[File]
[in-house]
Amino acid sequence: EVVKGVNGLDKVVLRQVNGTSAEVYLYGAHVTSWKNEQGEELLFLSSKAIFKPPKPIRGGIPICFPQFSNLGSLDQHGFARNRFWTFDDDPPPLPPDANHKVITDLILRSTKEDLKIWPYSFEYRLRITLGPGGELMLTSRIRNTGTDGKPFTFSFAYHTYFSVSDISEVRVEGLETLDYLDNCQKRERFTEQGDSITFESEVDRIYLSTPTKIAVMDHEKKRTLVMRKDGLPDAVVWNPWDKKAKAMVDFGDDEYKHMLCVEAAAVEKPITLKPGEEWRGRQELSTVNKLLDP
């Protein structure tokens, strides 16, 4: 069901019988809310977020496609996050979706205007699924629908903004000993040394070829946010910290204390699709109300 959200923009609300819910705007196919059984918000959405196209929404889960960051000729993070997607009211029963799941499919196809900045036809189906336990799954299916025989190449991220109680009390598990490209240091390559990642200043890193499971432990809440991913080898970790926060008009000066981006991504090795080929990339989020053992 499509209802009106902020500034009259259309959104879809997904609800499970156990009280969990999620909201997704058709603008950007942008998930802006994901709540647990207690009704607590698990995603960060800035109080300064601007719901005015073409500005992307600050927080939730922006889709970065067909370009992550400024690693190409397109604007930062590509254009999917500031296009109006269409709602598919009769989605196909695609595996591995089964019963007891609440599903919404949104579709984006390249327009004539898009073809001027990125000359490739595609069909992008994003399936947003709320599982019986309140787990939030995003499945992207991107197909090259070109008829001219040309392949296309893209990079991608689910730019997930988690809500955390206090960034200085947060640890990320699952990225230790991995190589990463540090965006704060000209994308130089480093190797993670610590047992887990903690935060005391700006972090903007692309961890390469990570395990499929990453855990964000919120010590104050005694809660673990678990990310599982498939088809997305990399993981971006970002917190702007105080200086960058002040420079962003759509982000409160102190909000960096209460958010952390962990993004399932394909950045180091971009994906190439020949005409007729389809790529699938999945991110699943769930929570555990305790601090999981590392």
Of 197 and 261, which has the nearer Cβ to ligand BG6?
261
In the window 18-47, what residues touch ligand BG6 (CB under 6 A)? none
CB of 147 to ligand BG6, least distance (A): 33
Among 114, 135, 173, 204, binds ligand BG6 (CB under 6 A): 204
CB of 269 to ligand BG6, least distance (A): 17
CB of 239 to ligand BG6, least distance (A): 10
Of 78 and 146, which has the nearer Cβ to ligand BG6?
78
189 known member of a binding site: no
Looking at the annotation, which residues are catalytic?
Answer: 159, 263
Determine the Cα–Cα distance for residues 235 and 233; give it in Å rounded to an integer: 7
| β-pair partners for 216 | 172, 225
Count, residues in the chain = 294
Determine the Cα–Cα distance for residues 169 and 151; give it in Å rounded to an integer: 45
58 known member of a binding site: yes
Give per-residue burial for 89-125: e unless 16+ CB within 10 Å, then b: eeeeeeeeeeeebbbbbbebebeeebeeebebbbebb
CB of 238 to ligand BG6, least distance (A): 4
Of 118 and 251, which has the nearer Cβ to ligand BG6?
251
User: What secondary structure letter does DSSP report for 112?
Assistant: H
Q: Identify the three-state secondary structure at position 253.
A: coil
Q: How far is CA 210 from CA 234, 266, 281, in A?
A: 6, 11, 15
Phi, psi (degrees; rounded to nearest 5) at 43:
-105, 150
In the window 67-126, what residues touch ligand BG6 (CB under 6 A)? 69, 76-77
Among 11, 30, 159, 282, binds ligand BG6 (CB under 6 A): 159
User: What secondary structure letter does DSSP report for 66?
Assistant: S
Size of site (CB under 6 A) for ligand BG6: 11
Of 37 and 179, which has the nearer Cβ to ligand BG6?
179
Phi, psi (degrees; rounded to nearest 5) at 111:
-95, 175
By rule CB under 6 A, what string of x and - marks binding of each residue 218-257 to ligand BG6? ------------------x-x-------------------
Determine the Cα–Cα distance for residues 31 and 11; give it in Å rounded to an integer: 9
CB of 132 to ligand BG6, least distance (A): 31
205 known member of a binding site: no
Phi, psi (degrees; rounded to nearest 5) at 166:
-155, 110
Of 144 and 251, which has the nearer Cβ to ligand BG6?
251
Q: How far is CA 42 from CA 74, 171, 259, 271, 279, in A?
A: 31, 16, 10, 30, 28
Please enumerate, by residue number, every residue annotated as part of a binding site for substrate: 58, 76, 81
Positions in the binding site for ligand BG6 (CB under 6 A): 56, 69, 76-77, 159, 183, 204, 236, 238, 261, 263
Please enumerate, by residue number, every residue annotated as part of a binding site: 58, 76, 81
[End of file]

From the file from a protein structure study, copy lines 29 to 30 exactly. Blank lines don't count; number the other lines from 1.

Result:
Q: How far is CA 210 from CA 234, 266, 281, in A?
A: 6, 11, 15